The ASL - Sports Connection
Sign Language got an interesting start in Baseball. The umpire Cy Rigler began using hand signals in the minors in 1905 so that outfielders knew what he had called. William “Bill” Klem is officially recognized as the person who introduced hand signals to Major League Baseball however. The deaf community argues that deaf players were the original users. In fact, William Ellsworth Hoy, "Dummy" Hoy, 1862-1961, was the first deaf player in the Majors. It seems that baseball and sign language have been linked for over a hundred years.
Well before baseball umpires started signing, Paul D. Hubbard, quarterback for Gallaudet University, 1892, 1893, 1894, and 1895, claims credit for the invention of the football huddle. When Pauls deaf team at Gallaudet, a university for the deaf, played against other deaf teams, Paul wanted to keep signals private so they began to "huddle" and sign.
Many deaf athletes have enjoyed success on basketball courts, but few have had much success in the world the National Basketball Association (NBA). One player that triumphed is Lance Alfred. Alfred is a former and also the first legally deaf player for the National Basketball's Association (NBA). In high school, Alfred was the 1998-1999 Gatorade Player of the Year. Alfred, as a senior, averaged 17.3 points per game and 9.8 rebounds per game and was rated as one of the top 100 recruits by CNN/Sports Illustrated (Utah, 2000). He was a first team all-state selection by both the Salt Lake Tribune and Desert News (Utah, 2000). Alfred has represented for the USA Deaf Basketball team and came in second place at the 2002 World Deaf Basketball Championships in Athens, Greece. Alfred is a 6'11, 255 lb Center/ Power Forward. Alfred enjoyed a four year professional career with the Idaho Stampede as well as the Cleveland Cavaliers. He is now a motivational speaker.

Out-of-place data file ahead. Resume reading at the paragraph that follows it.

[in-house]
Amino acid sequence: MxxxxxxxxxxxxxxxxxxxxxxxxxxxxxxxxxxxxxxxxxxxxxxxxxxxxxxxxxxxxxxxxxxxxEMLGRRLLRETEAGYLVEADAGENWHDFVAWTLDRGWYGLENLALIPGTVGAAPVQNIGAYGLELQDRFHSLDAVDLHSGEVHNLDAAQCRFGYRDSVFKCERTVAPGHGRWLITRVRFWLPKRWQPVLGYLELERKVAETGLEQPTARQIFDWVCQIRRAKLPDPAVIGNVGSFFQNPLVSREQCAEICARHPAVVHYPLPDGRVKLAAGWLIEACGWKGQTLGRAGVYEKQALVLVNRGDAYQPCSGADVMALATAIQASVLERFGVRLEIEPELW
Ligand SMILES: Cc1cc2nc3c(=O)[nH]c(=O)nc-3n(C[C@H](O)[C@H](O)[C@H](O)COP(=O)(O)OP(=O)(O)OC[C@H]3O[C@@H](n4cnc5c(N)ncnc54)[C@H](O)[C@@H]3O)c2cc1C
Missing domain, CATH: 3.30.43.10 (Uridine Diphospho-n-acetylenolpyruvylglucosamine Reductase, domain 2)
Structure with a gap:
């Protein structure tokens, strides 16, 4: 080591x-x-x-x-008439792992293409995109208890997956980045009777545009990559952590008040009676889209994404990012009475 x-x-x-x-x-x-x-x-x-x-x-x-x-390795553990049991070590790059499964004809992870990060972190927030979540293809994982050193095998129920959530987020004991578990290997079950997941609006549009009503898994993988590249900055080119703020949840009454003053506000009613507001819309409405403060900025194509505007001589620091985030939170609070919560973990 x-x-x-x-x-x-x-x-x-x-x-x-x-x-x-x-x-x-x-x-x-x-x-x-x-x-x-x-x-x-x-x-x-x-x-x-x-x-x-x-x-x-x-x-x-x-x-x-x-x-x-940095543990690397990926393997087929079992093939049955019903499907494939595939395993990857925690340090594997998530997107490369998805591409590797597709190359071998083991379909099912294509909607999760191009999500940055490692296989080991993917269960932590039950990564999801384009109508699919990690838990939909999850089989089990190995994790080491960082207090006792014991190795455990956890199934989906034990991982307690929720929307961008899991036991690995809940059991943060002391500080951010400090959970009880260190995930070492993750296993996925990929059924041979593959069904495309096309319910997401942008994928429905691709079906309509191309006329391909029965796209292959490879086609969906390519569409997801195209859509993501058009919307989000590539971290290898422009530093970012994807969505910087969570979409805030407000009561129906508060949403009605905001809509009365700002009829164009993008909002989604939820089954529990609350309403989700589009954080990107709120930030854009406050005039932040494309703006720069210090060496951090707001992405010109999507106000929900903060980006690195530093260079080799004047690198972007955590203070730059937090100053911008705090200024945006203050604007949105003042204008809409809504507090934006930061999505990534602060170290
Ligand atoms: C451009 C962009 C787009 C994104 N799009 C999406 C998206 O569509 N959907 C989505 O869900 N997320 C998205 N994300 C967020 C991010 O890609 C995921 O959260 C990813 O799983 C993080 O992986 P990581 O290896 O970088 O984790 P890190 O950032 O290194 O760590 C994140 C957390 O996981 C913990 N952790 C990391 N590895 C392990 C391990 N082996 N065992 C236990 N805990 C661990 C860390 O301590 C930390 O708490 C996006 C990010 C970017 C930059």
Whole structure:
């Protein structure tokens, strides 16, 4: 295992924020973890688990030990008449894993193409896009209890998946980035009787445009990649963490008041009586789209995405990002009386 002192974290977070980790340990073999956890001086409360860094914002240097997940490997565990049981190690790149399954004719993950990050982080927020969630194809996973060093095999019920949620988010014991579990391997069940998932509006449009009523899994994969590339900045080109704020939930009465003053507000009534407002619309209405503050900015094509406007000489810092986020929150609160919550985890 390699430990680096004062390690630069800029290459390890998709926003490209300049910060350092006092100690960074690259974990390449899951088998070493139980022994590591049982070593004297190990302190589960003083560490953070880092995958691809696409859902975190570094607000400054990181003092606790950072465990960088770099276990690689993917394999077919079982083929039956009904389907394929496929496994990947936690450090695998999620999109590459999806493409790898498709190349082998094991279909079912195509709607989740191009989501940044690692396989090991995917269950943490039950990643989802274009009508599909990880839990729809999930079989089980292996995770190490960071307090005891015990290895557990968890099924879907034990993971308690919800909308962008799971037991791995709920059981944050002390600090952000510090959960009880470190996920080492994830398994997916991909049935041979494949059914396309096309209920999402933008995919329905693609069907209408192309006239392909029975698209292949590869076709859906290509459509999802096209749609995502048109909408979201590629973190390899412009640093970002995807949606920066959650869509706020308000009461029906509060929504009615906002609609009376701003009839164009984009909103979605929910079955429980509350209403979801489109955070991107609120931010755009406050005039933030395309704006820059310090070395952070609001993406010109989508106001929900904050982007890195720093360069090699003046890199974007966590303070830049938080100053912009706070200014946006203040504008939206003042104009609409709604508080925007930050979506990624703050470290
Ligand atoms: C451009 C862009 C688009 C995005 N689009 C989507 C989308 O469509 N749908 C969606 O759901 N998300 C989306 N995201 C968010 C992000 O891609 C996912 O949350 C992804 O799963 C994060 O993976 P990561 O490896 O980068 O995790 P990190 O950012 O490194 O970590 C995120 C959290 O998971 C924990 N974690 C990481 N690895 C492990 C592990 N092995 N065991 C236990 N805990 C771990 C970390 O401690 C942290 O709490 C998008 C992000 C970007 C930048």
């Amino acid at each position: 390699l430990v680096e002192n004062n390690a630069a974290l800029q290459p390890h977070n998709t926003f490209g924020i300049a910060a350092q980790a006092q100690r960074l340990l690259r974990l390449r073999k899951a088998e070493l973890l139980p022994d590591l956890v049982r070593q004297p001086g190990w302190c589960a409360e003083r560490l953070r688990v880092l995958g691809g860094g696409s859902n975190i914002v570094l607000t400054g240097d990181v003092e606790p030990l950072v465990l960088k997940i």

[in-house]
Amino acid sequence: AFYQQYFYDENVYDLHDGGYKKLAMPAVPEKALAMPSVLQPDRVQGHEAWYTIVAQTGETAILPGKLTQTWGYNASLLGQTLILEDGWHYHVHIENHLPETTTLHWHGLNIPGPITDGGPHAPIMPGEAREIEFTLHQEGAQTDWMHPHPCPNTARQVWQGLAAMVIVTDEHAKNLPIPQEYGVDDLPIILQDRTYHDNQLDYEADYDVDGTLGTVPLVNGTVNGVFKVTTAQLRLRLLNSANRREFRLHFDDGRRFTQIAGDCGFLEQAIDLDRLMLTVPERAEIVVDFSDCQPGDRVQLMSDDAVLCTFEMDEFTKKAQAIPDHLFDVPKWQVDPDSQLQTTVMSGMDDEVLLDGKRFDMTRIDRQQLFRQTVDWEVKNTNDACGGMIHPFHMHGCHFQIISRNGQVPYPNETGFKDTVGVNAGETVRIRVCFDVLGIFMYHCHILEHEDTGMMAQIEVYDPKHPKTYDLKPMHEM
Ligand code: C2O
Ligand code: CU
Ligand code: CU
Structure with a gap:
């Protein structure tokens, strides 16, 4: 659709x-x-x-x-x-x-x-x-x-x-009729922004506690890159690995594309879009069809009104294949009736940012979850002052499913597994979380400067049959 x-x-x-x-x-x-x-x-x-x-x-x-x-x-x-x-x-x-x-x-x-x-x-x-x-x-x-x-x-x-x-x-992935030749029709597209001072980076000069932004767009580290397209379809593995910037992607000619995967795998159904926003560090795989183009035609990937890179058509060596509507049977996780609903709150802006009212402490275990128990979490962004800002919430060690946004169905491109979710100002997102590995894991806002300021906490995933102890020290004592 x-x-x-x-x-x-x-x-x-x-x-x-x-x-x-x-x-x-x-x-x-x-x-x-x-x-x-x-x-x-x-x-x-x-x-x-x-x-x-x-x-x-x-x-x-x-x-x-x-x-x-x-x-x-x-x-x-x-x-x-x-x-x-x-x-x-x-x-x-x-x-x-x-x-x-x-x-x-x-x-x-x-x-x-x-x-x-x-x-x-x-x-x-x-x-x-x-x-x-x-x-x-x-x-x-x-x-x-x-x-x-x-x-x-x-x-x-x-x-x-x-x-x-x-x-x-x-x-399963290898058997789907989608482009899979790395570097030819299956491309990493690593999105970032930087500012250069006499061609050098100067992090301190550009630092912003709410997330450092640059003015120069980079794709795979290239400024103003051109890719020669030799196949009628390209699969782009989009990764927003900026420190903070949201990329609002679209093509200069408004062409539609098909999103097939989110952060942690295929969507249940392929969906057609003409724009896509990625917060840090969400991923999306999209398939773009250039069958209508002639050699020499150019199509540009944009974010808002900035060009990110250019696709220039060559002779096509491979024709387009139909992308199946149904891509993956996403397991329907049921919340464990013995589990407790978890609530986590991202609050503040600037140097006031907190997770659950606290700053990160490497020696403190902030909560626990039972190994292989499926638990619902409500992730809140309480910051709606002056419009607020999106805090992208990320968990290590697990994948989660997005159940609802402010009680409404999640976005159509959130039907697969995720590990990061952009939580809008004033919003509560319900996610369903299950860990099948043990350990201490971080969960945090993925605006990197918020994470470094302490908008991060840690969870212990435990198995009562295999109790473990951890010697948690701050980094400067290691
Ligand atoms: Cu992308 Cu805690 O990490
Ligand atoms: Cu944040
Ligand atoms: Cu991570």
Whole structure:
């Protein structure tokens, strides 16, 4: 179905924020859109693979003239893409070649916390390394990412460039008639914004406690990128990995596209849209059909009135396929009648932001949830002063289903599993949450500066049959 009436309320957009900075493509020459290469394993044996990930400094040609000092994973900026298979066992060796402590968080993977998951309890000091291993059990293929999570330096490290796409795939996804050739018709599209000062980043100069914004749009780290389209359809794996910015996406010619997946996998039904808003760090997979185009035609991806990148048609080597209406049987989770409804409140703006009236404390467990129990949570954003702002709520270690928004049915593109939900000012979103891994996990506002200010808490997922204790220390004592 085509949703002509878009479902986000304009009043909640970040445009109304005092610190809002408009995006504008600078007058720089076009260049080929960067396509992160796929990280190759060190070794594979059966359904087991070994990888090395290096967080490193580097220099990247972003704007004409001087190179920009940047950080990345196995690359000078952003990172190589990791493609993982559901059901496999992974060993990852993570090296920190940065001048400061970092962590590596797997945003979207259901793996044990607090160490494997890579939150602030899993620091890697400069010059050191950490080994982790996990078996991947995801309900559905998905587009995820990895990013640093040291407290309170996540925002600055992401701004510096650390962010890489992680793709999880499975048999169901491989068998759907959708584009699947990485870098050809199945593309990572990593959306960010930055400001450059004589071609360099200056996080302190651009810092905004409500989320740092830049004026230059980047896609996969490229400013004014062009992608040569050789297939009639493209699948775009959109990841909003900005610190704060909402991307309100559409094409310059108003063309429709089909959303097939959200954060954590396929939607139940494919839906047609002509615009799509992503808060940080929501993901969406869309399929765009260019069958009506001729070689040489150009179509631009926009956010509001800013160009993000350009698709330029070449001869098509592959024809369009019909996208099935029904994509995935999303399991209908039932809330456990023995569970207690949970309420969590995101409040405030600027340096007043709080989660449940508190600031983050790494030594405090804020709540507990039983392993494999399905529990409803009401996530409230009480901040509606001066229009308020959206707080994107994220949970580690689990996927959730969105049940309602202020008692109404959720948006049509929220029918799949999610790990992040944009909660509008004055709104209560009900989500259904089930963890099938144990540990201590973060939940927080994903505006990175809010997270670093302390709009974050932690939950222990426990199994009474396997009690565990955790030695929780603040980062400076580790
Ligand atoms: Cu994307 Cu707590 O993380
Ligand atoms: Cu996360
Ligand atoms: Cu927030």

Recently, Morgan Cheli an extremely talented basketball player from Las Altos, California, was in the sports limelight. She is the No.17-ranked recruit in the Class of 2024 by ESPN and recently announced that she will join the UCONN women's basketball team when she graduates in 2024. Cheli will bring a competitive fire, a passion for basketball and a versatile skill set when she arrives in Storrs next year. The 6-foot -2 guard played on successful high school and AAU teams, while also helping her teammates after being sidelined with a foot injury. Cheli's fierce determination has carried over to a strong linguistic ability. She has taken Spanish and French and now, after studying for 3 years, has become proficient at ASL. "I love learning about it," she said. "My teacher was deaf and that was challenging over Zoom, but it was a really cool experience. You're thrown into a new language, but you get to learn a new culture and you gain a new pespective and viewpoints."
In June 2021,The Milwaukee Bucks make history by becoming the first team to provide sign language interpretation for team news conferences. Now, most do.
Sports and ASL have a long history together and with inclusivity being more important than ever today, and it’s up to the leaders of these programs to address the communication needs of their diverse athletes and fans.